Anyone who holds to a position while ignoring contrary available evidence in the age of search engines (let alone libraries) does not deserve the benefit of the doubt. They are are at best incurious, but even that seems to be granting too much.

    When a theist attempts to push anything when it is easily contradicted, they should be called on it; they are intentionally being immoral.

    They should not be given a pass on this once they are found out. They must acknowledge the mistake; that they were wrong to not look or ignore what they were aware of. They must commit themselves to the best available evidence regardless of where that goes. They can believe what they wish, but they can not say evidence supports their beliefs when it doesn’t.

    I now demand that disregarding or ignoring the best available evidence is a moral error and not just a factual mistake. That demand is warranted because it applies to everyone and every topic.

    I am not exempted and neither are people I agree with and cite in support of my claims and beliefs. That includes my own lack of belief in theist claims. If the best available evidence shows that it is more likely than not that some set of deities exists, I will take that seriously. Note that this is not the same as

    and not just a potential item among other weakly supported or unsupported assertions about reality. Just raising a possibility or eliminating the competition is not good enough if there is plenty of better evidence to review, and that best available evidence is not in direct support of their claims.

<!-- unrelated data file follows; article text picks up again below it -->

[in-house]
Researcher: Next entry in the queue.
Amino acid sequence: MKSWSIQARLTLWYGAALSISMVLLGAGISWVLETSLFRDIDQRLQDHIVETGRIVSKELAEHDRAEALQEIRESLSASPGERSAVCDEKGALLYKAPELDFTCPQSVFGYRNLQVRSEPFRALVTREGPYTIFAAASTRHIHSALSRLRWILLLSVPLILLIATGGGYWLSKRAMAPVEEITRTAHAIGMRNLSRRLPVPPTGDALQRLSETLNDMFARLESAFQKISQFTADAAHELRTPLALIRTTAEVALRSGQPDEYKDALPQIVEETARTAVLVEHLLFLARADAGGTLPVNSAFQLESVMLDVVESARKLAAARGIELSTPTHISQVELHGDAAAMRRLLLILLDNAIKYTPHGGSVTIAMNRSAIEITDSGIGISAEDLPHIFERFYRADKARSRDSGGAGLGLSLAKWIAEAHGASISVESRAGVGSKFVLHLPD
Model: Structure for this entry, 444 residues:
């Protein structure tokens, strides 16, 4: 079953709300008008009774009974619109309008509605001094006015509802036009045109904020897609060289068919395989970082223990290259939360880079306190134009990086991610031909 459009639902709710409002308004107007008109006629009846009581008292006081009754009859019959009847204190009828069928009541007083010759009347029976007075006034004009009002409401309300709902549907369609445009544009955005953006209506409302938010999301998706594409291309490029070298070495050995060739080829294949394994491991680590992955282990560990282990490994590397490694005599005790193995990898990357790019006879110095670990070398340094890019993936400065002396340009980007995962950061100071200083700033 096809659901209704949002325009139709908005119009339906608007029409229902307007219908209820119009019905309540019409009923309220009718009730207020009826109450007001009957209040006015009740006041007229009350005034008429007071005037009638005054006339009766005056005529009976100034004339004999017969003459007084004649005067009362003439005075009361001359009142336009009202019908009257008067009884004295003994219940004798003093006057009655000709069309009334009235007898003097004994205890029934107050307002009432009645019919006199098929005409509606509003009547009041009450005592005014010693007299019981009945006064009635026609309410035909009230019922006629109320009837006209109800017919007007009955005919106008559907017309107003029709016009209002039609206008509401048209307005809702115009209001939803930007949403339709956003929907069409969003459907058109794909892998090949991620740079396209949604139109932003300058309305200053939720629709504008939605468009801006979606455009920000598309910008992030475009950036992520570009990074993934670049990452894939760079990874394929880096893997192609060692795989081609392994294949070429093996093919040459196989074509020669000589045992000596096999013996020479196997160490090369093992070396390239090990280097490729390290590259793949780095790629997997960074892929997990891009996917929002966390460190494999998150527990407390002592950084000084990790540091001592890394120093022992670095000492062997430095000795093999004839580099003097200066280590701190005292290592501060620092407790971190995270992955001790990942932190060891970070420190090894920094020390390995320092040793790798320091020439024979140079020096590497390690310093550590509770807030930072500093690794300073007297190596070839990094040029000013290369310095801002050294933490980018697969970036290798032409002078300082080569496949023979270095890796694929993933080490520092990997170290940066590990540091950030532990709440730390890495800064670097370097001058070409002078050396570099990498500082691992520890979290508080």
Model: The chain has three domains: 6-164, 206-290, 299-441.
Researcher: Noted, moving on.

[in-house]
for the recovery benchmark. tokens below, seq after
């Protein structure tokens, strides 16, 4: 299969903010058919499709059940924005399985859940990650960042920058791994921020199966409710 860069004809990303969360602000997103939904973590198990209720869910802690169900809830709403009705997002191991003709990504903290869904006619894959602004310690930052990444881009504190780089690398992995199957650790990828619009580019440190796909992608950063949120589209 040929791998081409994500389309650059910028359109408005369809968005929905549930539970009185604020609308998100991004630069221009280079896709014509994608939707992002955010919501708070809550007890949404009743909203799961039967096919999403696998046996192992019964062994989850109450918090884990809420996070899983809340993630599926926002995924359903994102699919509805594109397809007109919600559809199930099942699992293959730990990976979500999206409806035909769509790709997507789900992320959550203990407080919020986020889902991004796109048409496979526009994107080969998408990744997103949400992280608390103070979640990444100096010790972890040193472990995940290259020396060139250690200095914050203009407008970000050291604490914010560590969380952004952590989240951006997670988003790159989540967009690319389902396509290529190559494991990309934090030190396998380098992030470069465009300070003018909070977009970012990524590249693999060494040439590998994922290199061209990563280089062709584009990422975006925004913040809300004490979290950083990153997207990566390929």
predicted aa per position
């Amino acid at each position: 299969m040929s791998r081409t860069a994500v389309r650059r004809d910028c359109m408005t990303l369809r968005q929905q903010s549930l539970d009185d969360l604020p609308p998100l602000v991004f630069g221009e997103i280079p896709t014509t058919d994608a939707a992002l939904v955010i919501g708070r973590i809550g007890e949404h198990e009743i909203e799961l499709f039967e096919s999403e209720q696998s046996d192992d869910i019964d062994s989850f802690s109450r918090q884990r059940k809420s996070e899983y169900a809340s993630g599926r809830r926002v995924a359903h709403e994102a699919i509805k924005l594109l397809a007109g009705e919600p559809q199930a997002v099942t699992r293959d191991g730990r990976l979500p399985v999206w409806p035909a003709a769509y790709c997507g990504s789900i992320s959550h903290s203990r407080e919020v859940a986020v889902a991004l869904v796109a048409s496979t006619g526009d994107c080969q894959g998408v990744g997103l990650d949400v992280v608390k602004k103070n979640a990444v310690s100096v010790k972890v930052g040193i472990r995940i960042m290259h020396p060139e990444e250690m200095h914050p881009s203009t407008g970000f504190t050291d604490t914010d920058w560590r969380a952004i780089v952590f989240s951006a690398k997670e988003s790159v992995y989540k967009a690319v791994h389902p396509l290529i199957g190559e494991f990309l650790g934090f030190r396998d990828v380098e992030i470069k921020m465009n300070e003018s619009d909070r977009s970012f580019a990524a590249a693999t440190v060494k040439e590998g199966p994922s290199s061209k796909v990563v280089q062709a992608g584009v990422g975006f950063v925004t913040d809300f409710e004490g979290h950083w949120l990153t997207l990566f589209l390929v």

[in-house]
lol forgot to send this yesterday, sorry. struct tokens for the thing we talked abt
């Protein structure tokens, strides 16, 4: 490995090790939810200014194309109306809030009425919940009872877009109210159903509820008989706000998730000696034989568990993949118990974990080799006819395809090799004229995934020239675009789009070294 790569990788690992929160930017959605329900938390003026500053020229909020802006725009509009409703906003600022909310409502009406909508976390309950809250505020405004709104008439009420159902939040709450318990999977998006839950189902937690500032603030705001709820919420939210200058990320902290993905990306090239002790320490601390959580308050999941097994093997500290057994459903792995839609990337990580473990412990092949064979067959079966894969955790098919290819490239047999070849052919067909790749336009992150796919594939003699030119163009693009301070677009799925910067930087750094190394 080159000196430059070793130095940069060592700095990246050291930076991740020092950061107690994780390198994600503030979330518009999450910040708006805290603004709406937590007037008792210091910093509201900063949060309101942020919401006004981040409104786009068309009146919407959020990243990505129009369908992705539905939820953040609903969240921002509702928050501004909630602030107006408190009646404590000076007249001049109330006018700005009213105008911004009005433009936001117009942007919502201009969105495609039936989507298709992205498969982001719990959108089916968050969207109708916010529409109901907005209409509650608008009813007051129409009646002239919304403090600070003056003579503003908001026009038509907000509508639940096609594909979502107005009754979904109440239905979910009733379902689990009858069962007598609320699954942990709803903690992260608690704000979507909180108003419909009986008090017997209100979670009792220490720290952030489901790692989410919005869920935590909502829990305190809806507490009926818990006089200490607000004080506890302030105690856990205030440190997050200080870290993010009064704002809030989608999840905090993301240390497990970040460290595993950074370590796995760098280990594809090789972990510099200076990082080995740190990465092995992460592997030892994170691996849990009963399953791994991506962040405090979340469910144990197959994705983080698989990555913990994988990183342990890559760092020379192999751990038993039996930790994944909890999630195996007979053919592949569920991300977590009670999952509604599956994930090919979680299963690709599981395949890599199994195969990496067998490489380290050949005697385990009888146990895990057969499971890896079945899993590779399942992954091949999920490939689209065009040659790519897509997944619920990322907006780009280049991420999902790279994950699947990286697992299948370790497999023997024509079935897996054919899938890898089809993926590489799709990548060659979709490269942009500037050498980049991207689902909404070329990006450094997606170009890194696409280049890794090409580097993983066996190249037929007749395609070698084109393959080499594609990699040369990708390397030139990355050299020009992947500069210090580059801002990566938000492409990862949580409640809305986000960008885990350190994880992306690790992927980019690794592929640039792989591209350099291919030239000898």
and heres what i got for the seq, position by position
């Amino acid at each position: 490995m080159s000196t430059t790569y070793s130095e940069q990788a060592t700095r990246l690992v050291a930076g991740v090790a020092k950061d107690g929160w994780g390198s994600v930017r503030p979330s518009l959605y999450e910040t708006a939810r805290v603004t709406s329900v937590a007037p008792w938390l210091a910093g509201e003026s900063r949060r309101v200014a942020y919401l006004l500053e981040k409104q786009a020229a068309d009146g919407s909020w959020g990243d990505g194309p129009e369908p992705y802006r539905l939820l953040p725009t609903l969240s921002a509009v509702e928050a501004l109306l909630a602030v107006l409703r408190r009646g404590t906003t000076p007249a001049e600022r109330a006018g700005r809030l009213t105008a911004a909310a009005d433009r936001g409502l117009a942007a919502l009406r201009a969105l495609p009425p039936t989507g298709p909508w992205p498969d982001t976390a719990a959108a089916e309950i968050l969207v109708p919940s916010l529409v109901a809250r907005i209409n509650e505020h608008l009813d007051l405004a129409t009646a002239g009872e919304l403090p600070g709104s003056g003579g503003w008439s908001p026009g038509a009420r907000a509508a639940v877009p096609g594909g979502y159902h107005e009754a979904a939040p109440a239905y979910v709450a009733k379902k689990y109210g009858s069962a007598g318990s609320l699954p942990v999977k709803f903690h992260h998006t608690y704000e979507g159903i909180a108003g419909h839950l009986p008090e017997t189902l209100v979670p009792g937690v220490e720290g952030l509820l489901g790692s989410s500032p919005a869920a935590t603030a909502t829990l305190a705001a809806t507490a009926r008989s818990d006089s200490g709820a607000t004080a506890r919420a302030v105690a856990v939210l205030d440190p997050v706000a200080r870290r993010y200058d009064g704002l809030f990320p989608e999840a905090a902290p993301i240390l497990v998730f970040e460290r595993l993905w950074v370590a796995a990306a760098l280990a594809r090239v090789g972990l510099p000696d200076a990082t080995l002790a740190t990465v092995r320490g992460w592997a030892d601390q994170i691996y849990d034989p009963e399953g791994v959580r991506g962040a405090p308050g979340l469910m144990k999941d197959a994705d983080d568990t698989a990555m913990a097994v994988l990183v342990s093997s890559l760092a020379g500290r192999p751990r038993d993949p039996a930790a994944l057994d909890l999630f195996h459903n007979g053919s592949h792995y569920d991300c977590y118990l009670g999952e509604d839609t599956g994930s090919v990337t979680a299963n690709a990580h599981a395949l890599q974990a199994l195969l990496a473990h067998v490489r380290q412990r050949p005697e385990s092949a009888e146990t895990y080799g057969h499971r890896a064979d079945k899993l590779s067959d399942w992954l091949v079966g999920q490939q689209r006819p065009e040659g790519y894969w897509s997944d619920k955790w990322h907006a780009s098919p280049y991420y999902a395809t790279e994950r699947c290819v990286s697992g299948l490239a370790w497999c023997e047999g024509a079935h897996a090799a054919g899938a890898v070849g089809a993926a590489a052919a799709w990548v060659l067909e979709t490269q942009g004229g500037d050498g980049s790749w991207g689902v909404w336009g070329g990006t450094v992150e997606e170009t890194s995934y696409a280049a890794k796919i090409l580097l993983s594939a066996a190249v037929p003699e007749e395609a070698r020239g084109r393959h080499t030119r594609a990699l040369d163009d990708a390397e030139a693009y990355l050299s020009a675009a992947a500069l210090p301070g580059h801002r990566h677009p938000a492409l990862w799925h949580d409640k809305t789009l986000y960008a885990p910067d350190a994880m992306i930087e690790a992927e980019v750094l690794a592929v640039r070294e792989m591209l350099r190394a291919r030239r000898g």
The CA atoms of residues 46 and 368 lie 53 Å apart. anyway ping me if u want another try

—–

    I derived and expanded on this idea from Alan Sokal, who wrote;

    “The bottom line is that all of us — conservative and liberal, believer and atheist — live in the same real world, whether we like it or not. Public policy must be based on the best available evidence about that world. In a free society each person has the right to believe whatever nonsense he wishes, but the rest of us should pay attention only to those opinions that are based on evidence.”

    Source: Taking evidence seriously from The Guardian
    PDF (download or view): http://ebookpedia.net/Taking-evidence-seriously.html

  • Hermes

    Bah! Pasting error. I was responding to

    * Valhar2000

    not

    * alhar2000

  • http://www.daylightatheism.org Ebonmuse

    I’m willing to cut Dembski at least a little slack here. If his job was really being threatened over a rather minor detail of Christian dogma, then I don’t entirely blame him for protecting his, and his family’s financial security by recanting.

    I disagree, Keith. Regardless of whether or not the Flood is a “minor detail” of Christian dogma, the principle at stake is hugely important. SBTC has just made it clear that Dembski has no intellectual independence while he’s working there: he’s required to conform to their interpretation of Christianity in all respects and isn’t permitted to express independent thought if it goes against any portion of their creed.